CCSF Has It … Why Don’t We?
By Adam Mann
On Sept. 22, 2017, teachers, students and members of the public packed into the Diego Rivera Theatre at Community College of San Francisco’s Ocean Campus, to hear Senator Bernie Sanders speak. YouTube videos of the event show a full house, with Sen. Sanders revisiting the familiar topics of income inequality, universal health care, and corporate accountability. The occasion for the Vermont senator’s visit, however, was congratulatory, as this semester marks the first since 1983 that San Francisco residents could attend classes at CCSF free of charge.
Free City — a two-year, free-tuition pilot program established by the San Francisco City Council and backed by the city’s voters — is a victory for those who campaigned for the program, an asset to the district-reported 65,000 students currently enrolled at the school and a step closer to universal free education. But for Peralta Colleges, an obvious question now hangs in the air, one that Sen. Sanders posed during his rally at CCSF: “How come in San Francisco they can make college tuition-free? Why don’t [we] do it in our community?”
“Free City” … But will there ever be a free Berkeley City College? Photo: Adam Mann
The reasons why are complicated, and have to do with the structure of different community college systems.
“Structurally, CCSF is very different from almost any other community college,” Peralta Community College District Spokesperson Jeffrey Heyman explained in an interview with the BCC Voice. As CCSF’s Policies and Administrative Procedures explain, the school is run by a Board of Trustees elected by San Francisco voters. It’s one board elected by one city, making it an ideal proving ground for a free tuition program.
Peralta Colleges are also controlled by a Board of Trustees, but one elected by seven different East Bay cities. This makes it far more complicated for a free college voting initiative, like the one passed in San Francisco, to be organized in the East Bay.
Another key to Free City’s implementation is where the money comes from. Essentially, the program is funded by San Francisco’s high-value real estate. In 2016, San Francisco residents voted “yes” on Proposition W, increasing the real estate transfer tax on the sale of residential or commercial properties worth over $5 million by a fraction of a percent. The move is expected to increase annual tax revenue in the city by an average of $45 million, according to the San Francisco Controller. It is from this pool of money that the city of San Francisco is using $5.4 million to fund Free City. While it’s possible that something similar could be instituted in the East Bay, the coordination of a seven-city progressive property tax is, to say the least, a formidable undertaking.
This is not to say there aren’t already similar programs available to BCC and other Peralta Colleges students. In fact, according to the Chancellor’s Office of California Community Colleges, nearly half of students enrolled in the California Community College system (which Berkeley City College belongs to) already receive free tuition through a Board of Governors Fee Waiver, which is available to students who meet certain financial requirements.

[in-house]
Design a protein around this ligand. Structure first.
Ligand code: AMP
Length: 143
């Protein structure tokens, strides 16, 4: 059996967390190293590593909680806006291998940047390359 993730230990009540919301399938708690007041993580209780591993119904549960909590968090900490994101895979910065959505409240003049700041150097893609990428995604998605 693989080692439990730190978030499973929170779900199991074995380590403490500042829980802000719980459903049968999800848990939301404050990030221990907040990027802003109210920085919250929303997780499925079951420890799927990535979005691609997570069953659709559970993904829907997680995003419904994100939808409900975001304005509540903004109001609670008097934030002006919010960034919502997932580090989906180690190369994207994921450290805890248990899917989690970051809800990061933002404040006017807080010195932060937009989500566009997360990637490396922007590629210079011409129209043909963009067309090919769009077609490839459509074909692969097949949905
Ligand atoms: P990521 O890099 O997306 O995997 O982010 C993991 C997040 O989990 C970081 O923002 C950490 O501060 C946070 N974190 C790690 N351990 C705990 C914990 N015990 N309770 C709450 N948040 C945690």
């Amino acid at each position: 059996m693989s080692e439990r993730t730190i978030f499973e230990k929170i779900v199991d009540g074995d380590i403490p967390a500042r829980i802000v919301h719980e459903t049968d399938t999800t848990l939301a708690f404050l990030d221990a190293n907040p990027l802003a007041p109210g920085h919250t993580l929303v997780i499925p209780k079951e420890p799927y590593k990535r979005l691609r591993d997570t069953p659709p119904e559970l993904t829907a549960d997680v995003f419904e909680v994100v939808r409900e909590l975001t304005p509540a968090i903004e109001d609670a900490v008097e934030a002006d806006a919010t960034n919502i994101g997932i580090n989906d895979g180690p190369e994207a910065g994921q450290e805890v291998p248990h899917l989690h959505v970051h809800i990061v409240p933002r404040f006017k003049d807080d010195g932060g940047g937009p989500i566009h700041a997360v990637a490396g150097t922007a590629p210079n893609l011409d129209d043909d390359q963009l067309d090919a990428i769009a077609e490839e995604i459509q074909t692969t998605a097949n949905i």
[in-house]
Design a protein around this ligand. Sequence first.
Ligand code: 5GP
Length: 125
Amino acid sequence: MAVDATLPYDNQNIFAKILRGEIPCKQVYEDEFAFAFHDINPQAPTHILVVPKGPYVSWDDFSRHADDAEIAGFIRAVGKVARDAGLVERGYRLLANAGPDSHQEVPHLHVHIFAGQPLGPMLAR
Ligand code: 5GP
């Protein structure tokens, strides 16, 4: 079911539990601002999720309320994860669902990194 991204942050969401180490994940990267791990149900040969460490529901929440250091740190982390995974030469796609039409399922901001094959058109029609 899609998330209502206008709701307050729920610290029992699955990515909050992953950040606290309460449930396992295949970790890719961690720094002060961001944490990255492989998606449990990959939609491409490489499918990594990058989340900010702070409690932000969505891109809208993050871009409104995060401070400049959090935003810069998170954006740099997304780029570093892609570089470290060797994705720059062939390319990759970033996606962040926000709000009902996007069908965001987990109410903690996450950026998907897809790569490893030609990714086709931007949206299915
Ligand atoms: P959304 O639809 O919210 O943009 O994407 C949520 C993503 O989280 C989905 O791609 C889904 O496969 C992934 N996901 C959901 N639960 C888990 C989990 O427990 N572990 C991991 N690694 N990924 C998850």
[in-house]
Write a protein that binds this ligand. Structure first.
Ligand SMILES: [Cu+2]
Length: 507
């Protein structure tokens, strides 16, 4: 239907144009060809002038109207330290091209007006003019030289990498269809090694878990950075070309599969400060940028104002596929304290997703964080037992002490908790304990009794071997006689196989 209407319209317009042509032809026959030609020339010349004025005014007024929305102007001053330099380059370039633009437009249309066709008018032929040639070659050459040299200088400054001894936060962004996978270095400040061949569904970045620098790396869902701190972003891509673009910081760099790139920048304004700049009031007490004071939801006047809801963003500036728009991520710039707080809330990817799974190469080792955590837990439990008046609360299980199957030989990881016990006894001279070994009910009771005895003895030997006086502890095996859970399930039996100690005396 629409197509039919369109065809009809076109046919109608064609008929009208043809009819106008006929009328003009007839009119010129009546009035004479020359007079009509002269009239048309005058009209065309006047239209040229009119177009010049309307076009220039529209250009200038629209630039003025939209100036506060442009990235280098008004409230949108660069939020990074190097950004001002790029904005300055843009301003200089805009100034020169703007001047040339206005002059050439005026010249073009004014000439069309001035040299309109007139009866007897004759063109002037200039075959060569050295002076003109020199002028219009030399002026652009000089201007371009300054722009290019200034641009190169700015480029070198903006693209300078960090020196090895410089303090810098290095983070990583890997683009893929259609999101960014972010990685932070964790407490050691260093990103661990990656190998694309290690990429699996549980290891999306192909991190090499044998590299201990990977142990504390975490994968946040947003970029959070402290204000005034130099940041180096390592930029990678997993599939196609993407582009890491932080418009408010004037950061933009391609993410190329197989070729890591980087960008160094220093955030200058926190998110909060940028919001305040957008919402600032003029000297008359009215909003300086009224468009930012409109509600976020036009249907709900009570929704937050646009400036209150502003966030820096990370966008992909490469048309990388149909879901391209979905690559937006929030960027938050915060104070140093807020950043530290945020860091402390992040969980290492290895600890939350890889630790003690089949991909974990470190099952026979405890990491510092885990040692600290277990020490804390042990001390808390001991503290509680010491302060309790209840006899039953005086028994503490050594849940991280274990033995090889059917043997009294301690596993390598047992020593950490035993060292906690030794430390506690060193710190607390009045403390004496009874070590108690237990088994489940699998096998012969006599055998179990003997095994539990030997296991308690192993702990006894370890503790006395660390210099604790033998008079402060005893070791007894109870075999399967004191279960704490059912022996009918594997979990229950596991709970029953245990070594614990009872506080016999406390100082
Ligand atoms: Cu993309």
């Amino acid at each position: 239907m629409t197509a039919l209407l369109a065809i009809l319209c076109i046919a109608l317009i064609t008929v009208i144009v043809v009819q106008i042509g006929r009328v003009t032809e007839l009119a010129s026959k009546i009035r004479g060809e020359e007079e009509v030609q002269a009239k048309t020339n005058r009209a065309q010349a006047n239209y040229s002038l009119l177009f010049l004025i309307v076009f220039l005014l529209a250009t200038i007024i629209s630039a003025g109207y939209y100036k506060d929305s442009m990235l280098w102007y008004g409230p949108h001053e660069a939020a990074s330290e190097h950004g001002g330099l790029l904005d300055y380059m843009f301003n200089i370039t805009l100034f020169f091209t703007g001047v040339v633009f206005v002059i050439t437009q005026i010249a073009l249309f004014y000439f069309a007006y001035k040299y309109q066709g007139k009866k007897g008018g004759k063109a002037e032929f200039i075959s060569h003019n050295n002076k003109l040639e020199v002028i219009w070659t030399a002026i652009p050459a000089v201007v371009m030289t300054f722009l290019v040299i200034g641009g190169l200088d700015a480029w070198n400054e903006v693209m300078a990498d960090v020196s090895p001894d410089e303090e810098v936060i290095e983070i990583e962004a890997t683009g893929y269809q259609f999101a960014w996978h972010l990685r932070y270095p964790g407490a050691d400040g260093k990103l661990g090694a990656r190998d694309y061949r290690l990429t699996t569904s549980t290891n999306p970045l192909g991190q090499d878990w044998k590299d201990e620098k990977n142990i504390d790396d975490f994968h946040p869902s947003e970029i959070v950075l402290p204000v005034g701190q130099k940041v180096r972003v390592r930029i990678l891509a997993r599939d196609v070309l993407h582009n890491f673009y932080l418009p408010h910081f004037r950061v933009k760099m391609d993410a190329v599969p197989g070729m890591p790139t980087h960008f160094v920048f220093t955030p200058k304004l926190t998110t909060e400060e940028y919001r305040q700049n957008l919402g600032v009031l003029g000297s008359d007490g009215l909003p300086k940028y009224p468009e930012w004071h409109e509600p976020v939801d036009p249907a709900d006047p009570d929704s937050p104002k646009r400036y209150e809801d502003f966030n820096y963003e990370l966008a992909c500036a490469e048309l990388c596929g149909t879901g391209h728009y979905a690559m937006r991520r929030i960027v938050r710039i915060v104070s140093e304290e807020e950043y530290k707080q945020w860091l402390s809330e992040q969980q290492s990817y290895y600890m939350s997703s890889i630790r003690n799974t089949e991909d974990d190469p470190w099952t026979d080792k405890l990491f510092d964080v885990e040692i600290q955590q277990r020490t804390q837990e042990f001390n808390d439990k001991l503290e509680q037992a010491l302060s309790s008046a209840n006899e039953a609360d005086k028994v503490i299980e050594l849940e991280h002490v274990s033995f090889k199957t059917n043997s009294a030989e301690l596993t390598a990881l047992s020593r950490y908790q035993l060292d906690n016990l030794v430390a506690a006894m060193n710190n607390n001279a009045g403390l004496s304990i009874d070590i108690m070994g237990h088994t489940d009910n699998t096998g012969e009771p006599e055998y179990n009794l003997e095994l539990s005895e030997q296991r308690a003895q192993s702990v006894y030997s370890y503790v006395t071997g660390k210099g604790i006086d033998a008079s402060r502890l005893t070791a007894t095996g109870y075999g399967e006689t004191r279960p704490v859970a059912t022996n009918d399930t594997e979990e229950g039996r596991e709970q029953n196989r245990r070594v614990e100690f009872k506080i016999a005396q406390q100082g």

In addition to the BOG waiver, there is also the Berkeley Promise, a scholarship that pays $1500 over two years to community college students, and $8000 over four years to students who transfer to a university. And it goes without saying that East Bay residents have the distinct advantage of not paying San Francisco’s exorbitant rent prices, which in the end saves far more money than free tuition.
Still, this does not solve the obvious inequity in which one side of the Bay offers free education to its residents, while the other does not. With the seed planted in San Francisco, it is unlikely the issue will go away. And according to the Long Beach Post, A.B. 19, a bill signed by Governor Jerry Brown in October will, if funded by next year’s state budget, take the cause a step further by providing first-year funding for all community college students in California.
Despite obvious support behind free education, any legislation involving tax dollars is sure to generate a fight. On a Reddit thread that announced the governor’s signing of A.B. 19, a user named Geoffles commented, “I’d love to be corrected, but this seems like a stupid idea. The student-to-graduate conversion rate is already very low, and the existing waiver system makes prices negligible. I feel like we’re about to spend 30 million dollars on a whole bunch of nothing.” (The $30 million figure was taken from an article in The Mercury News).
Currently, there is no organized campaign behind free tuition for BCC or any other Peralta college. In an interview with the BCC Voice, Athena Waid, a community organizer for American Federation of Teachers 2121 who was involved in getting Free City passed, says their next step may be to go statewide and fight for free tuition for all California community colleges, though she says she’s not sure they will be organized enough to get such a measure on the ballot in time for the next election cycle. Regardless, Free City has set an important precedent.
“We’re long-term committed to this,” Waid said. “Once you get this kind of program going, it’s hard to shut it down.”